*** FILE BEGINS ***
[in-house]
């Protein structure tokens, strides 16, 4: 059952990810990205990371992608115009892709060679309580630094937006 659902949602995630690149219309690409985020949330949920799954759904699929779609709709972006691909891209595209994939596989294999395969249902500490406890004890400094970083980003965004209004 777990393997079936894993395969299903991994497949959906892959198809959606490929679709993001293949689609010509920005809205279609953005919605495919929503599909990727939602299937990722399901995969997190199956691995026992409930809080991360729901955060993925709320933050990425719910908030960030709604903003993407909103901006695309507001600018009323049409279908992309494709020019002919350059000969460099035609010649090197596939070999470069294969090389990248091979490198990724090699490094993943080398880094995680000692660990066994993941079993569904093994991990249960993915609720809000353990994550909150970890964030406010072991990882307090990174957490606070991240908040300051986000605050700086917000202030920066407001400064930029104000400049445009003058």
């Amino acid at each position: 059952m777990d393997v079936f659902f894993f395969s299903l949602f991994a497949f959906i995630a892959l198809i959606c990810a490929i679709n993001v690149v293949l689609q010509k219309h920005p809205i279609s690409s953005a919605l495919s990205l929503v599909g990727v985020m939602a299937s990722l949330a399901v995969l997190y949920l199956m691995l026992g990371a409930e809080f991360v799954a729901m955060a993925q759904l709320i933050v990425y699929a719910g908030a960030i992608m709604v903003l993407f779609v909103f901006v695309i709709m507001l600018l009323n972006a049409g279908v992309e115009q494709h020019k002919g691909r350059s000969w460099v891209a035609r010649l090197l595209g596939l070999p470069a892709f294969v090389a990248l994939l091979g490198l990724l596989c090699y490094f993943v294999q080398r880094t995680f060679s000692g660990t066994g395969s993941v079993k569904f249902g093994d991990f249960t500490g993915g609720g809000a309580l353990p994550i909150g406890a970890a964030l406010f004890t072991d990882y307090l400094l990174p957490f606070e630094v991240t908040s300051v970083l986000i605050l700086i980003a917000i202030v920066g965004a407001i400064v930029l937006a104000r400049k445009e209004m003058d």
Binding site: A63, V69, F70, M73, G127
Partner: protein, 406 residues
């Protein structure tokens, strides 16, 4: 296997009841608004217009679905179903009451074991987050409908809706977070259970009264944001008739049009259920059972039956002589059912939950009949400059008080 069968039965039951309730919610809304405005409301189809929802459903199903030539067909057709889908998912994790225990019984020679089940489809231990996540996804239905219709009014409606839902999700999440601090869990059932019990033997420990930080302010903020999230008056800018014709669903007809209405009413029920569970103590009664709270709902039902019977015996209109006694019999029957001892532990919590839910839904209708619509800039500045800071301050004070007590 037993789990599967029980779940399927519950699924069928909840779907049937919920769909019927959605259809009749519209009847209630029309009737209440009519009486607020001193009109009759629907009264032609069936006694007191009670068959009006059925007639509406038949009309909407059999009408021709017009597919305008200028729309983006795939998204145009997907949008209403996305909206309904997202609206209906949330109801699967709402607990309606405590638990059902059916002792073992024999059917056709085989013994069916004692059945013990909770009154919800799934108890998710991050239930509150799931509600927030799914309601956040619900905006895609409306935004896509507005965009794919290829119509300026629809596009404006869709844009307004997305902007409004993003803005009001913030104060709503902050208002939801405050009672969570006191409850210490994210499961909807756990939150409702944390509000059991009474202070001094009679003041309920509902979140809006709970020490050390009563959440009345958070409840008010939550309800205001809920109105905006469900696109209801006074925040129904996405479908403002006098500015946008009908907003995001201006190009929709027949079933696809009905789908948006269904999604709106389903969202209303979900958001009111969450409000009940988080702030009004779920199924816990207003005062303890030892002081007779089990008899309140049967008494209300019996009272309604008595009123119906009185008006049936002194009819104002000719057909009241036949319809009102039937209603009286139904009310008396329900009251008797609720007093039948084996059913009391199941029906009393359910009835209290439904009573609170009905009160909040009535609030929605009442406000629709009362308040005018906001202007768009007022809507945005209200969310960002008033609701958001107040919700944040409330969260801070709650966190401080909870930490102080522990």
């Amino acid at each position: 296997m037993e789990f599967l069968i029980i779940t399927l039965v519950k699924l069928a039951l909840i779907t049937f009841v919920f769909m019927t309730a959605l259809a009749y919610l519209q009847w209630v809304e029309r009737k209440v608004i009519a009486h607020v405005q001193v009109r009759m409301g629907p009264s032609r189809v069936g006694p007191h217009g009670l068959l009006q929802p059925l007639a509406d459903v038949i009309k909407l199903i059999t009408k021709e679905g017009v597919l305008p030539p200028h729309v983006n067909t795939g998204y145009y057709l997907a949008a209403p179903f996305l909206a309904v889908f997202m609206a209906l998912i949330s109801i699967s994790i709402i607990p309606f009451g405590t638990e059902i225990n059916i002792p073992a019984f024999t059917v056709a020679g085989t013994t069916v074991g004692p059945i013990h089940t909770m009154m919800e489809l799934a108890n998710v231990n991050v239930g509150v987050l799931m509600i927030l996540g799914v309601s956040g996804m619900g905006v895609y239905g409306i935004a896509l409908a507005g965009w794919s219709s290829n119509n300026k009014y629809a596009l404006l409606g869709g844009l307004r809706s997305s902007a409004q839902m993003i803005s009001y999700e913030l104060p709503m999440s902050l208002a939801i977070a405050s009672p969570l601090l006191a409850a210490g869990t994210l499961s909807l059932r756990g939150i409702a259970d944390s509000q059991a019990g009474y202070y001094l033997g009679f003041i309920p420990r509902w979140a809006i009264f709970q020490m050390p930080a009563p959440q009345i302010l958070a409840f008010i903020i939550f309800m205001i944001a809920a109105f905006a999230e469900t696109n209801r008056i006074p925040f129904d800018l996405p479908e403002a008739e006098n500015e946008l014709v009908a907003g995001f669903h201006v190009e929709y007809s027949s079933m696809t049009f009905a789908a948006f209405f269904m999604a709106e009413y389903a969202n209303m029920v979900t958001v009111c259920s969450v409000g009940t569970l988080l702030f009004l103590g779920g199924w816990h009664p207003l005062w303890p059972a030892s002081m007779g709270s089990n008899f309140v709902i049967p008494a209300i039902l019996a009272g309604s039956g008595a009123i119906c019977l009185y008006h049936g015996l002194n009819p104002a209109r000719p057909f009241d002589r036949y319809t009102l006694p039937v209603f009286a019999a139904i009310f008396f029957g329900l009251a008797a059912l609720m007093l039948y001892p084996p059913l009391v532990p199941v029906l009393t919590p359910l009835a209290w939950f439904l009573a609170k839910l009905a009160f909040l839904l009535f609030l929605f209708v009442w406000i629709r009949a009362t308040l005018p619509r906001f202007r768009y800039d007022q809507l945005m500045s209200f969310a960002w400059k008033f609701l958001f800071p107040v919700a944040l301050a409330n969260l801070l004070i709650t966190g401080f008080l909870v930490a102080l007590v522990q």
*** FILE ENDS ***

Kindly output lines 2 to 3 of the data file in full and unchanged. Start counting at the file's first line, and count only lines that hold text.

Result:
């Protein structure tokens, strides 16, 4: 059952990810990205990371992608115009892709060679309580630094937006 659902949602995630690149219309690409985020949330949920799954759904699929779609709709972006691909891209595209994939596989294999395969249902500490406890004890400094970083980003965004209004 777990393997079936894993395969299903991994497949959906892959198809959606490929679709993001293949689609010509920005809205279609953005919605495919929503599909990727939602299937990722399901995969997190199956691995026992409930809080991360729901955060993925709320933050990425719910908030960030709604903003993407909103901006695309507001600018009323049409279908992309494709020019002919350059000969460099035609010649090197596939070999470069294969090389990248091979490198990724090699490094993943080398880094995680000692660990066994993941079993569904093994991990249960993915609720809000353990994550909150970890964030406010072991990882307090990174957490606070991240908040300051986000605050700086917000202030920066407001400064930029104000400049445009003058």
């Amino acid at each position: 059952m777990d393997v079936f659902f894993f395969s299903l949602f991994a497949f959906i995630a892959l198809i959606c990810a490929i679709n993001v690149v293949l689609q010509k219309h920005p809205i279609s690409s953005a919605l495919s990205l929503v599909g990727v985020m939602a299937s990722l949330a399901v995969l997190y949920l199956m691995l026992g990371a409930e809080f991360v799954a729901m955060a993925q759904l709320i933050v990425y699929a719910g908030a960030i992608m709604v903003l993407f779609v909103f901006v695309i709709m507001l600018l009323n972006a049409g279908v992309e115009q494709h020019k002919g691909r350059s000969w460099v891209a035609r010649l090197l595209g596939l070999p470069a892709f294969v090389a990248l994939l091979g490198l990724l596989c090699y490094f993943v294999q080398r880094t995680f060679s000692g660990t066994g395969s993941v079993k569904f249902g093994d991990f249960t500490g993915g609720g809000a309580l353990p994550i909150g406890a970890a964030l406010f004890t072991d990882y307090l400094l990174p957490f606070e630094v991240t908040s300051v970083l986000i605050l700086i980003a917000i202030v920066g965004a407001i400064v930029l937006a104000r400049k445009e209004m003058d």